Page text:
The world of English producer and musician BABii is illuminated by the glow of smeared synths, fluorescent beats, and the persuasive hues of her otherworldly voice. She makes dance-pop for insomniacs, with the music possessing a kind of desperate openness and a need to divulge torrents of emotion without regard for consequence. The sounds cascade over you, overwhelming your senses and drawing you into a dimly-lit environment where love can be dangerous and happiness is dependent only on the capacities of your heart.

Her work is completely enthralling and apt to keep you up until four in the morning obsessing over every last word and tone. There’s no room here for falseness or idle thoughts; the songs demand your absolute attention, and in return, they offer a glimpse into the inner mechanics of her creativity, a bit of brief but potent voyeurism that effortlessly reshapes your thoughts about the way pop and electronic music can entangle themselves together. 

And though BABii released her debut record, HiiDE, in July of last year, she hasn’t really given herself time to slow down or dwell too long on the present — her gaze is locked on the future and what undefinable realities it might hold for her. Following her debut, she shared an album later in September that found her collaborating with Iglooghost and Kai Whiston under the GLOO moniker.

She continues to deconstruct and adapt these hazy rhythms and early morning melodies through iii, a three-song EP that she released last week. She describes it as: “three songs about the proximity of three different people in my life. One who I don’t want in my proximity, another who wants me out of theirs and one who I want in mine.” The record is equal parts venomous and affectionate, with BABii reveling in a gorgeously washed-out devastation.

Recently, BABii sat down with Beats Per Minute to discuss some of the records which have inspired her throughout the years and given her new perspectives when it comes to building her own music. Check out her choices and thoughts below.


Joanna Newsom – Ys
(Drag City; 2006)

I have loved this album forever, the words are wild, I have no idea what they mean, but it doesn’t matter because they are still so full of emotion and so beautiful, that they can make my eyes leak pretty music every time I get half way through the song “Only Skin”. Also she is a living mythical creature, her voice is so otherworldly and her music is so magical and this album always makes me feel like I am somewhere else, like I am in a blissed out ancient world covered in moss.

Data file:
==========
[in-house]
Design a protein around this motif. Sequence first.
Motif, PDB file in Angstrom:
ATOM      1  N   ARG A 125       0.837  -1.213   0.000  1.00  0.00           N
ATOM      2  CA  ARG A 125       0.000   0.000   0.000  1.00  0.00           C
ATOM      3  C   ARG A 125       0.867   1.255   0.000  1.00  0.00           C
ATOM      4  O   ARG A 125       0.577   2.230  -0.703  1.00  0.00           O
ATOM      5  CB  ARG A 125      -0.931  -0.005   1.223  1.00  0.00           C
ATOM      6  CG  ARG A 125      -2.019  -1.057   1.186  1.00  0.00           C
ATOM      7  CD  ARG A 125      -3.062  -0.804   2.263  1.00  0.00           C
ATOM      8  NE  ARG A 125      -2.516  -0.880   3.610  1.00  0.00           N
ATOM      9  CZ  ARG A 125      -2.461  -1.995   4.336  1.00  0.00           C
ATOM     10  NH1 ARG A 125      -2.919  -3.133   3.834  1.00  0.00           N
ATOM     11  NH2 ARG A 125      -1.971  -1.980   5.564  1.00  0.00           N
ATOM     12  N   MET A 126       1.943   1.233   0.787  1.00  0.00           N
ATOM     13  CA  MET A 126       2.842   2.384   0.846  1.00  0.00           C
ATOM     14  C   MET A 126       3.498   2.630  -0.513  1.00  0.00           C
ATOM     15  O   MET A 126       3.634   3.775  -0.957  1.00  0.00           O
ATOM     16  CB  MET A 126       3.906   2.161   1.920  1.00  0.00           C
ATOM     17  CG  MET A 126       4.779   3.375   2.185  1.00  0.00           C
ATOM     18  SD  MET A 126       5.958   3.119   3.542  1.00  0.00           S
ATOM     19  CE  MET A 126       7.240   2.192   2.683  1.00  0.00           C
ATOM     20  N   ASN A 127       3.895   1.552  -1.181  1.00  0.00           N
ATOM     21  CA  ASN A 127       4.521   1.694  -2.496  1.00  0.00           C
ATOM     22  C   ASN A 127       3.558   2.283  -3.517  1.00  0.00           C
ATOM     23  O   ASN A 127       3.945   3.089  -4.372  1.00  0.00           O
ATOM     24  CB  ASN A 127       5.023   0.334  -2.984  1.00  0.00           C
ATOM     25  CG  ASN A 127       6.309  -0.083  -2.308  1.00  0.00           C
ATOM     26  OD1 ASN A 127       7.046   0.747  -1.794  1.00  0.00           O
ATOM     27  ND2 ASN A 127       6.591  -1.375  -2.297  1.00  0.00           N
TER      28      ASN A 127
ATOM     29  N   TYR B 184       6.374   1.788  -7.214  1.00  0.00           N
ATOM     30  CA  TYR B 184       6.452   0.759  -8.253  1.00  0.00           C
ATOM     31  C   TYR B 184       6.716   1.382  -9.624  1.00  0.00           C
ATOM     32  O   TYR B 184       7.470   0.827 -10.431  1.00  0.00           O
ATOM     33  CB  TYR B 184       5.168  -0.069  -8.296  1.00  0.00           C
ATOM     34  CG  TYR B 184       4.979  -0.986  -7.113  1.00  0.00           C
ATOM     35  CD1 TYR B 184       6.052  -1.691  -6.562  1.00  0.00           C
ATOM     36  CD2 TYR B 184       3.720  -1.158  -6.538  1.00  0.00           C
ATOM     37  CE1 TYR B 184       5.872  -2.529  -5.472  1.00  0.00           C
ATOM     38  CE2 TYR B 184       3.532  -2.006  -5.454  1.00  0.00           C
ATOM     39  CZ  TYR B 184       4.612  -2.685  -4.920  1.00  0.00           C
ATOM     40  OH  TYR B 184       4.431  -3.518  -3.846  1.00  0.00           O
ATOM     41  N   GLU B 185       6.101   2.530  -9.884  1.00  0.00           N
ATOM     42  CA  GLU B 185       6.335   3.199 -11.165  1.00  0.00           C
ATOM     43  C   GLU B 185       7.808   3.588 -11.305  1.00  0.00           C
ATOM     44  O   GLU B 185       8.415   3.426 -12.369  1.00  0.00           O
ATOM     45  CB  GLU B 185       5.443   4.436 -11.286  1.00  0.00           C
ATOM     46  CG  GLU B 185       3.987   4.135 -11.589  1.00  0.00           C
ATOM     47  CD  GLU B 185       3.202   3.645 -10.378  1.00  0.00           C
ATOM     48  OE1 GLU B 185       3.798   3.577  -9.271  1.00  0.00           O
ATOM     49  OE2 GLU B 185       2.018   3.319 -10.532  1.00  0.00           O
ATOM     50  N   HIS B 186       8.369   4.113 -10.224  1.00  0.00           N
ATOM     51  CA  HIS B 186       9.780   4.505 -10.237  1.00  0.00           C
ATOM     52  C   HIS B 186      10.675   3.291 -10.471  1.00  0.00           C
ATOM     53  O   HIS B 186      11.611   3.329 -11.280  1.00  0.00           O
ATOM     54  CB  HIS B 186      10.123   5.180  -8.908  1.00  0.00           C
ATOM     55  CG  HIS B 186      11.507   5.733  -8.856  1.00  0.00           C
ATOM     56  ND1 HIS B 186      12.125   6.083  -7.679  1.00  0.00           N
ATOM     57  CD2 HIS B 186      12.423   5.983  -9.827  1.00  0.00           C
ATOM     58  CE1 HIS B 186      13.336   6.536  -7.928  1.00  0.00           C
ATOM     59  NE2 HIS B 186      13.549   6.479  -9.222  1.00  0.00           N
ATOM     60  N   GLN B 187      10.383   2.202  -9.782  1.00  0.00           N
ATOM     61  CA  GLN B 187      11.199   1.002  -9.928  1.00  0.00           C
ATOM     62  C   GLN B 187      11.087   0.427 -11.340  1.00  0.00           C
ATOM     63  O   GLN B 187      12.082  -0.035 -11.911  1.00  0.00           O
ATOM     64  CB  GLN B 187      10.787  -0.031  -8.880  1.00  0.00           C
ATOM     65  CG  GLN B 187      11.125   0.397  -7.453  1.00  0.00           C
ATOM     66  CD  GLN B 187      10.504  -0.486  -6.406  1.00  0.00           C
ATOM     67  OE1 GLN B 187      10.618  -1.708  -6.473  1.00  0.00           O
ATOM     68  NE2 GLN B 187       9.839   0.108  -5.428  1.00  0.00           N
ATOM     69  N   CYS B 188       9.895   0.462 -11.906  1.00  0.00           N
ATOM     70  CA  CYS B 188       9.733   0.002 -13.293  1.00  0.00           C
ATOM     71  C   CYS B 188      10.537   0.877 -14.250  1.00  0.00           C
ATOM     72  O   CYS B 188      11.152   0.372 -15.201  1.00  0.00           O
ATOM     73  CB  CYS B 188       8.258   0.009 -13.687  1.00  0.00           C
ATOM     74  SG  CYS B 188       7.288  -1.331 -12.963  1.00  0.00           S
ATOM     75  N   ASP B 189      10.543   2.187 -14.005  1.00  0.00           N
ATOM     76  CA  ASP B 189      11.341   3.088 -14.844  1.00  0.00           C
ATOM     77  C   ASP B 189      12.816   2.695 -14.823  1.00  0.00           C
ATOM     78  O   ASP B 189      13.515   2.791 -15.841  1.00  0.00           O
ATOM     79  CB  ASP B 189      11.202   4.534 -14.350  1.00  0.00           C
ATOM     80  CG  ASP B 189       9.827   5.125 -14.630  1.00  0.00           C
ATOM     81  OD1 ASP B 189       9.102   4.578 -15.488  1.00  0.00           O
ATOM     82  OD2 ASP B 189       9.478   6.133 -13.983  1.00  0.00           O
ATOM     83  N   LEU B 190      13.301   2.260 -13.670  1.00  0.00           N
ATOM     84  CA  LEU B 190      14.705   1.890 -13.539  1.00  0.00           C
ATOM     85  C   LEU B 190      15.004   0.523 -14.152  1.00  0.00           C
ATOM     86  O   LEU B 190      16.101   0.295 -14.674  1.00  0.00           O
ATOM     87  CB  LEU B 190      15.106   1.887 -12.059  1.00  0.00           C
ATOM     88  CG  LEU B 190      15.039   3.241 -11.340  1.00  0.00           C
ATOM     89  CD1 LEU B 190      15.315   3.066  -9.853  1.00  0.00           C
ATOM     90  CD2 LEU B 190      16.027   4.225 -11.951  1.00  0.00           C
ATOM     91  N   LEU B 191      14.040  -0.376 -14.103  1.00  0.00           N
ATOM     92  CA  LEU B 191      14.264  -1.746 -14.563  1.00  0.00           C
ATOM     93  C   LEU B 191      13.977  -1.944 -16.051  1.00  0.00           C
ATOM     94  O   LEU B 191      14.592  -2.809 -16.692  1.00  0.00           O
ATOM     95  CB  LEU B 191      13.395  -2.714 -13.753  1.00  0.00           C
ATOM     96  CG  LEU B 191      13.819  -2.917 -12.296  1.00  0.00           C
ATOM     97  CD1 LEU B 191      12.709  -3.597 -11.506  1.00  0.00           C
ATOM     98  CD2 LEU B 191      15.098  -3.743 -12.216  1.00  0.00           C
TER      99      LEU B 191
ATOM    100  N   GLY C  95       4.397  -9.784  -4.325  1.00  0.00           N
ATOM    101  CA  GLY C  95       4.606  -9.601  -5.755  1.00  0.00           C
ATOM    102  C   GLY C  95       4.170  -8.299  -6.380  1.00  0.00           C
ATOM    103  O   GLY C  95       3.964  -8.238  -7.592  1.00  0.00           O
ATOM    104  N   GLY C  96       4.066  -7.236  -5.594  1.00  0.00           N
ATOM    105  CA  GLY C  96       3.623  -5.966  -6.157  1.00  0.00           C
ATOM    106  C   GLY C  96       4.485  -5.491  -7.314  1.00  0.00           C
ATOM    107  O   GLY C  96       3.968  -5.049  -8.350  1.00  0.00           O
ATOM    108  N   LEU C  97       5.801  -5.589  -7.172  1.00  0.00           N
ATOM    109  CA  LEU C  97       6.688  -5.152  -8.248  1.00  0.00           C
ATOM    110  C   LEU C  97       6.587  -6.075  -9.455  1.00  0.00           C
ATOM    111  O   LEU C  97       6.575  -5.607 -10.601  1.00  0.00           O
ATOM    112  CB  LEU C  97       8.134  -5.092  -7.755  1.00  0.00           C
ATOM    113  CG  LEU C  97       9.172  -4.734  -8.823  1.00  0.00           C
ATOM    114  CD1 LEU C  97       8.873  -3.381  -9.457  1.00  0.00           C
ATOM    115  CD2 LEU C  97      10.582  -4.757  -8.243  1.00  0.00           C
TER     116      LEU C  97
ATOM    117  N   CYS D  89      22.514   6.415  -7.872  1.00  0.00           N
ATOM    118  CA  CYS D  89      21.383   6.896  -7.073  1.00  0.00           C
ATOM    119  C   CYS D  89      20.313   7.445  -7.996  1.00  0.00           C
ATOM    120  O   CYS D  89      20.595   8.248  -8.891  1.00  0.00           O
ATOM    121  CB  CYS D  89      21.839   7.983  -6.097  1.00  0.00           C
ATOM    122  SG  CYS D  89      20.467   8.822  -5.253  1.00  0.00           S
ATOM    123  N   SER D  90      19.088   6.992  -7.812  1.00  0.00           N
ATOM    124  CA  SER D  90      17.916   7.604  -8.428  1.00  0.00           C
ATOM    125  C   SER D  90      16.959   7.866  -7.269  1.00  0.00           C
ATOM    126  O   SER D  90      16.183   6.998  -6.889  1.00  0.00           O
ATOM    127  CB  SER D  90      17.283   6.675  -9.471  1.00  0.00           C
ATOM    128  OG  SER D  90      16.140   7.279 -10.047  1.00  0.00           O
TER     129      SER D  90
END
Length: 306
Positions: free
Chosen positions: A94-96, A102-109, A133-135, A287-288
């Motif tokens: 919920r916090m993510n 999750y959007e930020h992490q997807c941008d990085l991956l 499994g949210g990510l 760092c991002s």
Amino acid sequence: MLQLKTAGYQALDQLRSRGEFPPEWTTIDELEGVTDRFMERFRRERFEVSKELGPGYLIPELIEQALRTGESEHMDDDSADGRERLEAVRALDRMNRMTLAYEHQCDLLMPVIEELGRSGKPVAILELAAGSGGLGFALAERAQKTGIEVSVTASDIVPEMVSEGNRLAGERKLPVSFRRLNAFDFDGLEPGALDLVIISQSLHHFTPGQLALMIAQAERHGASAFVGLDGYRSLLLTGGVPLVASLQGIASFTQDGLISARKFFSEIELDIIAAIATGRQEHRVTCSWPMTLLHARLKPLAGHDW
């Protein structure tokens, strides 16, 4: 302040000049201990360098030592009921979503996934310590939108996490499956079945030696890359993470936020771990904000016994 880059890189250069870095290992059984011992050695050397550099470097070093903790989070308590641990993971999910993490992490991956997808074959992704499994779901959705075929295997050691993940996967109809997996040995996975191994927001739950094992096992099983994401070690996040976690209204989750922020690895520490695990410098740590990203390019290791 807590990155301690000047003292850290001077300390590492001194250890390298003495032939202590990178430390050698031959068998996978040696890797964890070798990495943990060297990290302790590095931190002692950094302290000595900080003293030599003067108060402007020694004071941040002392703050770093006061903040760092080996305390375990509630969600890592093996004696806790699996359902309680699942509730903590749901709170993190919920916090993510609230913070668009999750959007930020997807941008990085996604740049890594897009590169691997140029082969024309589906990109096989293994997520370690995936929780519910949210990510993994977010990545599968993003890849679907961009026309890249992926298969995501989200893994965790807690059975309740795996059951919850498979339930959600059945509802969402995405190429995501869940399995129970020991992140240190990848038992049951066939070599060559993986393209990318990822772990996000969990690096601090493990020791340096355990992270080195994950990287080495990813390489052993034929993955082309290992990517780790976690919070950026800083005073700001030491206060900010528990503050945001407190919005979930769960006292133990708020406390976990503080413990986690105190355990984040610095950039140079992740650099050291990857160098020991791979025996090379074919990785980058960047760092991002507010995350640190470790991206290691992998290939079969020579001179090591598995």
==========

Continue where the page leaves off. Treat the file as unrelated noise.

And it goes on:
Rustie – Glass Swords
(Warp; 2011)

Apparently Rustie is my most listened to artist from the last decade, so this has to be important to me. When this came out 9 years ago, nothing sounded like this, it was the most HD thing I had ever heard and it somehow made the most synthetic sounds sound so good. I also really don’t think it gets enough credit for what a huge influence it has been on electronic music in general though, it was super forward thinking and brave at the time. And its still good, I just listened to it.


Why? – Alopecia
(Anticon; 2008)

This album had a huge influence on me when I was younger. It really changed the way I thought about words. All the words on this album sound like I shouldn’t be hearing them. They sound like an internal monologue or from a diary or something, but not only are they uncomfortably personal, they are also written so beautifully. I can’t believe I got to go on tour with them last year, I was surreal at first, but now they are my friends.


Buke & Gase – Ripost
(Brassland; 2010)

I really don’t know what it is about this album but I since I first heard it I have listened to it 1000000 times. I love it! Nothing else sounds like it. Its super raw and scrappy and powerful. And the song writing constantly keeps you on your toes, so many unexpected twists and turns, crazy melodies, and weird chords. It’s organised chaos and the song “Sleep Gets Your Ghost” is huge!


FKA twigs – M3LL155X
(Young Turks; 2015)

To me FKA twigs is the most talented person in the whole world, and truly deserves it because she is one of the most hardworking and inspiring artists. I know this one isn’t exactly an album, but it is too good not to include. To me the songs are like possessed R&B songs, they are scary, but also delicate. I think FKA twigs really opened my eyes to pushing the boundaries with production with pop songs and solidified my thoughts of not to be scared of doing things that people might not initially understand.